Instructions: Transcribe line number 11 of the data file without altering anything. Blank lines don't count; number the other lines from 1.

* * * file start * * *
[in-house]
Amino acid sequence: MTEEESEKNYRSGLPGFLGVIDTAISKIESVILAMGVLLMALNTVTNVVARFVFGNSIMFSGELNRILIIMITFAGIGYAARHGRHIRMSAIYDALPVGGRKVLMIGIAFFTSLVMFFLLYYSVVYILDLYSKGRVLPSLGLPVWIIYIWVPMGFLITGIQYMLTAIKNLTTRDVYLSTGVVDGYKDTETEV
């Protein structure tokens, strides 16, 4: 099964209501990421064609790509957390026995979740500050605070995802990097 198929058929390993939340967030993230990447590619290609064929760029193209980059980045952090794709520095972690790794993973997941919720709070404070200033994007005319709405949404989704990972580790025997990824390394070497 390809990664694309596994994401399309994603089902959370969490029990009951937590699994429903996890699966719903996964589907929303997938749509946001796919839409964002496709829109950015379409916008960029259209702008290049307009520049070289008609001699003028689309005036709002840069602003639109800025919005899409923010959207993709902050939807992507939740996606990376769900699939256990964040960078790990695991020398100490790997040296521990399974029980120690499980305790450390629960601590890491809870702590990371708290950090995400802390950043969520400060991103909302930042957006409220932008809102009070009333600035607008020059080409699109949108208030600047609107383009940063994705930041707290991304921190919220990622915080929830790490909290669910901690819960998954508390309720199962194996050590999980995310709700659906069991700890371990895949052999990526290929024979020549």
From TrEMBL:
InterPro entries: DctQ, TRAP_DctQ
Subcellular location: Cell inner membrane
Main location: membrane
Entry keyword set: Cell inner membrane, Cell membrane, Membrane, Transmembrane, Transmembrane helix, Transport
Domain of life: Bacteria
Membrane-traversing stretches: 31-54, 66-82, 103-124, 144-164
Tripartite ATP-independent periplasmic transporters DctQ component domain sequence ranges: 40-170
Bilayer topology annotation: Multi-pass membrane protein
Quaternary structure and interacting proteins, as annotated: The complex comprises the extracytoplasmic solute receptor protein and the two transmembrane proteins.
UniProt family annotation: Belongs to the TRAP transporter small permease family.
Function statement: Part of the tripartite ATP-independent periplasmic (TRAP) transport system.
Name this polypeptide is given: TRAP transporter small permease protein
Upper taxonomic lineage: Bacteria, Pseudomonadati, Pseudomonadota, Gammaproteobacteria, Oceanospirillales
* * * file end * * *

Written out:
Tripartite ATP-independent periplasmic transporters DctQ component domain sequence ranges: 40-170